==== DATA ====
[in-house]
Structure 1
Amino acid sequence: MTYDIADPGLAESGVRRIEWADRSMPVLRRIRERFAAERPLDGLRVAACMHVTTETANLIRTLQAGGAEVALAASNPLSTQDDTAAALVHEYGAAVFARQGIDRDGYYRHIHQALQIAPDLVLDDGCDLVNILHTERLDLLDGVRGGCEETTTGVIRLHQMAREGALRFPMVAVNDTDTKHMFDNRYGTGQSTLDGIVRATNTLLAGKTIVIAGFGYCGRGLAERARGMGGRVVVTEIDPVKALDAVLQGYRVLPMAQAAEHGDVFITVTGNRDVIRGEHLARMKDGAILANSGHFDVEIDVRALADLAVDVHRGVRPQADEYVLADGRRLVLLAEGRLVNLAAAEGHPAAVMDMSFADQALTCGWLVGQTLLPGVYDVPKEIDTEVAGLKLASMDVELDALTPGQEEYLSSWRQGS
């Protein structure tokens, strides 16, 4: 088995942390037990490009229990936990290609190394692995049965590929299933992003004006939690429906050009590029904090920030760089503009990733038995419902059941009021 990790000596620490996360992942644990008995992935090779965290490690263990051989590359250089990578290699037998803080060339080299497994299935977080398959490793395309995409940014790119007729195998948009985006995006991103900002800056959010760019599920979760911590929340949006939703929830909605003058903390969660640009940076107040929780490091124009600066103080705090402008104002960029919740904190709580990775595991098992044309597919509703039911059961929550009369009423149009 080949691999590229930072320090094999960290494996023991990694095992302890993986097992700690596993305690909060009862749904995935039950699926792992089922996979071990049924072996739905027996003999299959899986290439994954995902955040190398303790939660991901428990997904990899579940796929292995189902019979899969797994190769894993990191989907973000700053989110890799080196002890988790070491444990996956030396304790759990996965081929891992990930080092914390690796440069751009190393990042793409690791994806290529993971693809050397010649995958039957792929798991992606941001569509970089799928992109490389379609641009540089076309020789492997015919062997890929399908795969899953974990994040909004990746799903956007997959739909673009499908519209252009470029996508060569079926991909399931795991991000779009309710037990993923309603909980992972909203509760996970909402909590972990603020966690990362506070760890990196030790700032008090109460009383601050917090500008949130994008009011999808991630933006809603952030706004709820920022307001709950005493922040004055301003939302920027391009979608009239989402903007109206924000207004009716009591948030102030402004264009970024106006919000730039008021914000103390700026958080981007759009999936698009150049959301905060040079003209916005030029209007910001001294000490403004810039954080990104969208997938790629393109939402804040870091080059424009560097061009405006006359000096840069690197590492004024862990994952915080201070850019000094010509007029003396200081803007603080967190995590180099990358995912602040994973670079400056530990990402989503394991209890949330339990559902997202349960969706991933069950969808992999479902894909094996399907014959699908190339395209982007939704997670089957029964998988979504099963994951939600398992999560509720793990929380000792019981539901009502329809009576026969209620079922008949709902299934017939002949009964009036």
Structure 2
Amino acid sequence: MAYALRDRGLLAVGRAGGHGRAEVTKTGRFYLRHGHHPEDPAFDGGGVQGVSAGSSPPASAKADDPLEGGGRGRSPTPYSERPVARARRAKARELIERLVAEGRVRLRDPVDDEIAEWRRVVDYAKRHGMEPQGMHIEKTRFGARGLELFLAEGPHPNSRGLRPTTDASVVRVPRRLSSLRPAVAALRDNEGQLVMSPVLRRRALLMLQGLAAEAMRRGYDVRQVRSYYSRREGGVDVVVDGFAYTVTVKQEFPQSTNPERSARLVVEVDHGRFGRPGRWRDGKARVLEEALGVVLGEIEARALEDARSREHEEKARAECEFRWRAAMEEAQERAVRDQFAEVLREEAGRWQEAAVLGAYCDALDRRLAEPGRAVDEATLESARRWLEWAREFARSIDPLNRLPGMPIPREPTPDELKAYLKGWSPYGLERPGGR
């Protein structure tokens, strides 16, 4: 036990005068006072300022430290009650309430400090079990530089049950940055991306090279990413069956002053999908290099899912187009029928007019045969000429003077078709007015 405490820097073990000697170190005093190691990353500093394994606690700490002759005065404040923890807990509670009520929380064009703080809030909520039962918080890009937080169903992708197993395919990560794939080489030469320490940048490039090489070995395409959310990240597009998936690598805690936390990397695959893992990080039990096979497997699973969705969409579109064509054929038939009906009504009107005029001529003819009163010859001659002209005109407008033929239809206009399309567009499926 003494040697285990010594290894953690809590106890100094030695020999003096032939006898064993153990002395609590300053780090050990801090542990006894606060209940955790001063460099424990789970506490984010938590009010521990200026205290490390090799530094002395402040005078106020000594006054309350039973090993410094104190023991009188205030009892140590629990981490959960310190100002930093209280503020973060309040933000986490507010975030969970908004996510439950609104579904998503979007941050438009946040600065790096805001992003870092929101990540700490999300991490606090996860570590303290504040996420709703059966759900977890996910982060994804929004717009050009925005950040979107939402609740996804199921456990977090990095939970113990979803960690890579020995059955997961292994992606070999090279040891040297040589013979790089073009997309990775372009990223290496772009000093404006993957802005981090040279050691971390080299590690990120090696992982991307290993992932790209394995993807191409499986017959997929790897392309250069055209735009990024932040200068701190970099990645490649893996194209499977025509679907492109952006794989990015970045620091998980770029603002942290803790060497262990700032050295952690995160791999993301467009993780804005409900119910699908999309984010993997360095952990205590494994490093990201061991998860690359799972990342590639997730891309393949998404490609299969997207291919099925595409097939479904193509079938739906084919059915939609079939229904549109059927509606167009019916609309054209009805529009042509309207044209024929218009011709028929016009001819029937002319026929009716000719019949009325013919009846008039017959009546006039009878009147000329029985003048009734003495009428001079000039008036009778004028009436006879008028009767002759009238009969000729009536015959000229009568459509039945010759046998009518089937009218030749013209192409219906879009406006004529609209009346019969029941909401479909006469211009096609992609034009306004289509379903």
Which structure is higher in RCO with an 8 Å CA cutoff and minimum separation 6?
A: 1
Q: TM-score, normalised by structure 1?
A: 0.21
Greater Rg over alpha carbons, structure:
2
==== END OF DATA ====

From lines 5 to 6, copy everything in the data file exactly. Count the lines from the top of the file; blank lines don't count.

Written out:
Structure 2
Amino acid sequence: MAYALRDRGLLAVGRAGGHGRAEVTKTGRFYLRHGHHPEDPAFDGGGVQGVSAGSSPPASAKADDPLEGGGRGRSPTPYSERPVARARRAKARELIERLVAEGRVRLRDPVDDEIAEWRRVVDYAKRHGMEPQGMHIEKTRFGARGLELFLAEGPHPNSRGLRPTTDASVVRVPRRLSSLRPAVAALRDNEGQLVMSPVLRRRALLMLQGLAAEAMRRGYDVRQVRSYYSRREGGVDVVVDGFAYTVTVKQEFPQSTNPERSARLVVEVDHGRFGRPGRWRDGKARVLEEALGVVLGEIEARALEDARSREHEEKARAECEFRWRAAMEEAQERAVRDQFAEVLREEAGRWQEAAVLGAYCDALDRRLAEPGRAVDEATLESARRWLEWAREFARSIDPLNRLPGMPIPREPTPDELKAYLKGWSPYGLERPGGR